According to the Renewable Energy Atlas of Alaska, published in 2006, Alaska's first wind farm was built in Kotzebue and has been providing power since 1997. According to the Alaska Energy Authority, there are a number of utility-scale wind farms around the state and you can see where they are at http://www.akenergyauthority.org/programwindsystem.html.
TheÂ Renewable Energy Atlas says that the best winds are located in the western and coastal areas of the state. Southeast Alaska, my part of the state is not considered that great for land-based windpower because of terrain and varible wind issues. But offshore wind plants could work. The Alaska Energy Authority has published detailed "Resource Assessment Data" for many parts of Alaska at http://www.akenergyauthority.org/programwindresourcedata.html. Juneau's prospects were rated poor by the AEA.
Although Kotzubue didn't go live until 1997, wind power has been officially studied in Alaska at least since 1976 with the publication of:
Wind power demonstration programs for Alaska Energy Office, State of Alaska : phase I report by Boeing Engineering and Construction Company. There were 29 publications listed in the global library catalog WorldCat relating to wind power in Alaska between 1976 and 1985. A year didn't go by without some publication on this resource. Then nothing at all appears to be published from 1986 until 1994, when we see this one publication: Power System Assessment for the Burnt Mountain Seismic Observatory by Thomas R Jr Lamp; WRIGHT LAB WRIGHT-PATTERSON AFB OH.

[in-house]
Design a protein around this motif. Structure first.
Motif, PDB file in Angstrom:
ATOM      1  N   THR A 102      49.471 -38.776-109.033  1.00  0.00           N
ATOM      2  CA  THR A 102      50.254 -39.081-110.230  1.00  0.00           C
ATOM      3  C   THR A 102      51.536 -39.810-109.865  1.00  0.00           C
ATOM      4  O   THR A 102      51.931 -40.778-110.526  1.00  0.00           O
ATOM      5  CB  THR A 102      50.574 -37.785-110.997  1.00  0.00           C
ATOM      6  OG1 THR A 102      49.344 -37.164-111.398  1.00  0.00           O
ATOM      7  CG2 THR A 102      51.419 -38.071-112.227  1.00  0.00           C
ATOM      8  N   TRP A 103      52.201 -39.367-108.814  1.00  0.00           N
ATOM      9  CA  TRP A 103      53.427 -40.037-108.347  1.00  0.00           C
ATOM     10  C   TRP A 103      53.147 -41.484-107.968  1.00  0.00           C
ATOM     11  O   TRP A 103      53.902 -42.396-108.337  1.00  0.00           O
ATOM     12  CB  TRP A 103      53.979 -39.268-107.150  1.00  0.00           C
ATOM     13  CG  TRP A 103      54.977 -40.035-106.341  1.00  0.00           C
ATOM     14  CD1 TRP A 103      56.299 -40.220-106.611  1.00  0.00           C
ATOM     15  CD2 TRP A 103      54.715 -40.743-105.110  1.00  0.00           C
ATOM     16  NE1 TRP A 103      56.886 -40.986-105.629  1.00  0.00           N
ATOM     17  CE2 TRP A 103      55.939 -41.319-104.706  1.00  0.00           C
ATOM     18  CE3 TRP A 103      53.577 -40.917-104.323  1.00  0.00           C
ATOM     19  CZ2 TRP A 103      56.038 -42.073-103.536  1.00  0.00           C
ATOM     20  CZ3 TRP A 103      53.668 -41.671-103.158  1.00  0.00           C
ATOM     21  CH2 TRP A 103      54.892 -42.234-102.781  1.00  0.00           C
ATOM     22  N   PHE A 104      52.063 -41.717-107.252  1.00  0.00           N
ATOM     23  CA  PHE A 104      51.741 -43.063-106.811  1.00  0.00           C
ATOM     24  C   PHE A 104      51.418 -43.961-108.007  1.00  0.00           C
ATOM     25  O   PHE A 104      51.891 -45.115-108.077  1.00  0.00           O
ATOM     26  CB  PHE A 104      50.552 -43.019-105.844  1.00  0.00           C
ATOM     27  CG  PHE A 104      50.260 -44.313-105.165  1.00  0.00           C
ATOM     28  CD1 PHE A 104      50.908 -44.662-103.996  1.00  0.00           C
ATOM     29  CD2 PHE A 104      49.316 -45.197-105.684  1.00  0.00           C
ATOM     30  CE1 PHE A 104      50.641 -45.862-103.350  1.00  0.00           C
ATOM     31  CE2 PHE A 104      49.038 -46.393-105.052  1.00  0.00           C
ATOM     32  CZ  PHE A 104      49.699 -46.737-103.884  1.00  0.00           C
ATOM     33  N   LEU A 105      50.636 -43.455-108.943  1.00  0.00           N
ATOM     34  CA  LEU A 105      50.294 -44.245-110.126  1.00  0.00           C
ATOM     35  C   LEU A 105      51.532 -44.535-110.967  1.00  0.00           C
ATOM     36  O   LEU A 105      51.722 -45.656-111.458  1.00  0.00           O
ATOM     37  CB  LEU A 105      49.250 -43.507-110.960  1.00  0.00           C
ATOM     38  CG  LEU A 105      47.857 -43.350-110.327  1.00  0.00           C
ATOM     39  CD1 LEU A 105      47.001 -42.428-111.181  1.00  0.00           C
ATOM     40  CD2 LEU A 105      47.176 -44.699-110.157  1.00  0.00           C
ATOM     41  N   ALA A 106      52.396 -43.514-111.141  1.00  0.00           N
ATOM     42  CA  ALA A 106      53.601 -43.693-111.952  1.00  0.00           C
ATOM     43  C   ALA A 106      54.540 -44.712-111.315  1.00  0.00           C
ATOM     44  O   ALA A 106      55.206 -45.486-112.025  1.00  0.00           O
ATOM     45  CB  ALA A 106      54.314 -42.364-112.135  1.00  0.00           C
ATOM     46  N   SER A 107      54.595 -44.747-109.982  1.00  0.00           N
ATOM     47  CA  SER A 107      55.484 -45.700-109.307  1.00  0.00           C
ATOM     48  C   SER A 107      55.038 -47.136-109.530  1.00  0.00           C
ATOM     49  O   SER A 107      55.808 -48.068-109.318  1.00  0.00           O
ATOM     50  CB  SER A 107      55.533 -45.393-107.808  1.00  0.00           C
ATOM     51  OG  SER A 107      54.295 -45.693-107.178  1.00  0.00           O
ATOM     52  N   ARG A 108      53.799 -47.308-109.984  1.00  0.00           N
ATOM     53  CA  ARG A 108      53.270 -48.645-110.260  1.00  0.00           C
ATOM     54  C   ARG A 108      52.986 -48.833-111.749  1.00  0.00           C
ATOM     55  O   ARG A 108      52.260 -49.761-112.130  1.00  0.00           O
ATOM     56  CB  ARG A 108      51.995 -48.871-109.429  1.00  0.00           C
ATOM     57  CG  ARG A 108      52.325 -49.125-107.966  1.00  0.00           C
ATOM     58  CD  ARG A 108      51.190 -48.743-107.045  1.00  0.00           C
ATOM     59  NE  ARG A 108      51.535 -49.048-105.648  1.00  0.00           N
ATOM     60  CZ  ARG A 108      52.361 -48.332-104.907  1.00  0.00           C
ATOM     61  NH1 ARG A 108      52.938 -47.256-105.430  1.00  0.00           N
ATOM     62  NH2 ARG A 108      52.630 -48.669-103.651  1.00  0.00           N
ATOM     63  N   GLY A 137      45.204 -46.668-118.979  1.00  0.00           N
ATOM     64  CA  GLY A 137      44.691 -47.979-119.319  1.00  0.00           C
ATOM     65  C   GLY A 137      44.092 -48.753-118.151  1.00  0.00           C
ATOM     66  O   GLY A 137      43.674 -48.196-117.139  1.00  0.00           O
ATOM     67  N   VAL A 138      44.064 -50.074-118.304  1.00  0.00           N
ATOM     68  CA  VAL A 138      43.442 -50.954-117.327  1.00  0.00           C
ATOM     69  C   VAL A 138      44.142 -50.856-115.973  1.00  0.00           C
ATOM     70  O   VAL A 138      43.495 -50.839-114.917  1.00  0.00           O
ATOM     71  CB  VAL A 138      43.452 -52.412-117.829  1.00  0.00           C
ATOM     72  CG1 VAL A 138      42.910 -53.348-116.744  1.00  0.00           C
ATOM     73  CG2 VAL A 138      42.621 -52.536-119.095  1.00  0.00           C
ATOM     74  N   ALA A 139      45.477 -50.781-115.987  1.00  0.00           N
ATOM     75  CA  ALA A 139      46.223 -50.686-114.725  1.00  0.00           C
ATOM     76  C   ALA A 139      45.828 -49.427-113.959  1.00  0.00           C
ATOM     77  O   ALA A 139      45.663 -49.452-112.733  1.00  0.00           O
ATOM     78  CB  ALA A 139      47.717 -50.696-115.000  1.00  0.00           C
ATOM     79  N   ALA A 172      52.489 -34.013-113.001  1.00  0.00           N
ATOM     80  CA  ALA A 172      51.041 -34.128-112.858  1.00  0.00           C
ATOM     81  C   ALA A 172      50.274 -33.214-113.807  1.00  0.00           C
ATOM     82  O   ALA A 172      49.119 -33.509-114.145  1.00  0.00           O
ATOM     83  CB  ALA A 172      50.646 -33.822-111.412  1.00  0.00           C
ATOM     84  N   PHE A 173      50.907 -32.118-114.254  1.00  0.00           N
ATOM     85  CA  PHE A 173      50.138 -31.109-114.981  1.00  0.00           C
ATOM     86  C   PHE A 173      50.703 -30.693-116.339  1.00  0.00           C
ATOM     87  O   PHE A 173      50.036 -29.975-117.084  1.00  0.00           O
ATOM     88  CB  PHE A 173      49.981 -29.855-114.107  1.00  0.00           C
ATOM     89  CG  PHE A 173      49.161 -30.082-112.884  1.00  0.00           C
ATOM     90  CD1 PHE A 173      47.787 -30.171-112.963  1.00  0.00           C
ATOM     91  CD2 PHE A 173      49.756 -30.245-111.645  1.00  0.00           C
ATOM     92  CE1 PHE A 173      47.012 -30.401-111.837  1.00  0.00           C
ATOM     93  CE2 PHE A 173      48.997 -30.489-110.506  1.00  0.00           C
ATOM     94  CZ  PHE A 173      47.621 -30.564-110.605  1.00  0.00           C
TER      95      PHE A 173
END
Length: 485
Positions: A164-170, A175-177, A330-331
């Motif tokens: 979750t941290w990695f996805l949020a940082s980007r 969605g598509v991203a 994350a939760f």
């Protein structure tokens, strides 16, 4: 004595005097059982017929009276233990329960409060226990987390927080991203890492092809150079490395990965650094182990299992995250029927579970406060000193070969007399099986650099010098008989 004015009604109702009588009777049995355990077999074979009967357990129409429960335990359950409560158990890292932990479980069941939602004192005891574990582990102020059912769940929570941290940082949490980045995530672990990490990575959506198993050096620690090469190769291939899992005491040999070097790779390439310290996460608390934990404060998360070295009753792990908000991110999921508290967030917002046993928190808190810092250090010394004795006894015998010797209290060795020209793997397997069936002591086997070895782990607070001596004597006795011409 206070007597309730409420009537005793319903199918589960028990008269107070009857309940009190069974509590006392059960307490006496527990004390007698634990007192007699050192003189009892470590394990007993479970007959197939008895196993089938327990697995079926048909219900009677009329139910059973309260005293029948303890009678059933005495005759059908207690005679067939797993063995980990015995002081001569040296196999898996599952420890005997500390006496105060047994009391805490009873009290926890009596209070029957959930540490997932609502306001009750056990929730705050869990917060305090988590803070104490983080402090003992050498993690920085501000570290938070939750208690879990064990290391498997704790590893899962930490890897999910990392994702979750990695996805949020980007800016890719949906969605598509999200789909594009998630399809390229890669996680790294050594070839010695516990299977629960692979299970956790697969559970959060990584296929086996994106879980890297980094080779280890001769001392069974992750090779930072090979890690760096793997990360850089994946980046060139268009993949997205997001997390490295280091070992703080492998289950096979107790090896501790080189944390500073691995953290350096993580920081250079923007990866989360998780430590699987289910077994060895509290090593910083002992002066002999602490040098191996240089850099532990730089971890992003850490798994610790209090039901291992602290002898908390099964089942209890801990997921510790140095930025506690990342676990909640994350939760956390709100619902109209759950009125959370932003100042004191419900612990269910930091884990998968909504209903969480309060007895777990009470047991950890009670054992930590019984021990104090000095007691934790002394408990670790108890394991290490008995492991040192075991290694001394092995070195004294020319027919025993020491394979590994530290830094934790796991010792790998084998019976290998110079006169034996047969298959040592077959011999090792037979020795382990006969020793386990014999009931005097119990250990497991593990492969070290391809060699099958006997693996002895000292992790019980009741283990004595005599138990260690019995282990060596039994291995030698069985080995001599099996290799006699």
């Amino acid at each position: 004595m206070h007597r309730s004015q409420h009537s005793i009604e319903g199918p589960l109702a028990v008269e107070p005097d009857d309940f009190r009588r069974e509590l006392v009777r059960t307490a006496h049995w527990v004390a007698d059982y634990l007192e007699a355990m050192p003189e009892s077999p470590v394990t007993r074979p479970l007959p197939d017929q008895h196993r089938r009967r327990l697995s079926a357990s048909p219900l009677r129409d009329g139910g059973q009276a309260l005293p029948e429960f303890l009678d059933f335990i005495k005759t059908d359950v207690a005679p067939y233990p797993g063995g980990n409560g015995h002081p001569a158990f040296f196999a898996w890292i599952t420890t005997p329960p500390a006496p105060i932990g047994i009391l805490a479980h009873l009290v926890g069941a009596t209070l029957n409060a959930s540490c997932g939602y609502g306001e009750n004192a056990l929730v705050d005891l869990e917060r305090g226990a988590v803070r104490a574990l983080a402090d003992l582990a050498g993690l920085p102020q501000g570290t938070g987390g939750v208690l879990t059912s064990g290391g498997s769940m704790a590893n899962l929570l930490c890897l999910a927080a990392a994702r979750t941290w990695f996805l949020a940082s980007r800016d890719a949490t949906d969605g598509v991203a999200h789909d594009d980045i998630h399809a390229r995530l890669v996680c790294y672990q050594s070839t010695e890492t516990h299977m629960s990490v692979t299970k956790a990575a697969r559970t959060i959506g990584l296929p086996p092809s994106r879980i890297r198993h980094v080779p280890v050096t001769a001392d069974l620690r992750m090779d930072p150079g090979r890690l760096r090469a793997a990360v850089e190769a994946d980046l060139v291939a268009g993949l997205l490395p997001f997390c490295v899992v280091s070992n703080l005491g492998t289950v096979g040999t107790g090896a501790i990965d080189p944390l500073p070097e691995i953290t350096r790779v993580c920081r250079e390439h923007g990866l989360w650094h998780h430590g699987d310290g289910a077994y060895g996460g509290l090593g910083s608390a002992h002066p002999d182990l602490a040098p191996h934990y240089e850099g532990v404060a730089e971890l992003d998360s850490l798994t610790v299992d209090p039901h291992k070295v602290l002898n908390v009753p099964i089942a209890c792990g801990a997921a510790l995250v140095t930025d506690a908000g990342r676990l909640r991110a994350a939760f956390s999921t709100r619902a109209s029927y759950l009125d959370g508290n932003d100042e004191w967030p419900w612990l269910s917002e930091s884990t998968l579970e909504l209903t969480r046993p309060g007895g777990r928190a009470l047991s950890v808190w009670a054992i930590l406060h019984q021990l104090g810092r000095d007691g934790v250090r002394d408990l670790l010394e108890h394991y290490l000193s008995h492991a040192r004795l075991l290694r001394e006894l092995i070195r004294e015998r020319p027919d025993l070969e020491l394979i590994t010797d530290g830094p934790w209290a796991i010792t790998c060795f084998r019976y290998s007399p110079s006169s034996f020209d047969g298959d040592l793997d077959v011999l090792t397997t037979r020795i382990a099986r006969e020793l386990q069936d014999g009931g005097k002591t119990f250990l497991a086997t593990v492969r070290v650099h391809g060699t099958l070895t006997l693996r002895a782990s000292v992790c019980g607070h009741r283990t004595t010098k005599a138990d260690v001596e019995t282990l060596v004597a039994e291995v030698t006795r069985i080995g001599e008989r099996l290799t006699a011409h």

Then the publication records as far as libraries are concerned goes silent until the 1999 publication of: Kotzebue Electric Association wind power project development : U.S. Department of Energy-EPRI Wind Turbine Verification Program by R Vilhauer; K Conover; Global Energy Concepts, Inc.; Electric Power Research Institute.; et al Which signaled a renewed interest in exploring Alaskan windpower which has continued until the 2009 publication of: Technology, performance, and market report of wind-diesel applications for remote and island communities preprint by E Ian Baring-Gould; Martina Dabo; National Renewable Energy Laboratory (U.S.); Alaska Energy Authority.
Finally, wind has also come into its own for home use if you want to use it as part of a strategy for living off the grid, as evidenced by this 2007 publication: Small wind electric systems an Alaska consumer's guide. by National Renewable Energy Laboratory (U.S.); If you'd like to learn more about wind energy on the national level, check out http://www.windpoweringamerica.gov/.
If you'd like to see all 55 Alaskan wind power publications I found, please visit http://www.worldcat.org/profiles/dcornwall/lists/575889. If you're aware of some publications I missed, let me know.
Visit Daniel Cornwall's blog at http://alaskanlibrarian.wordpress.com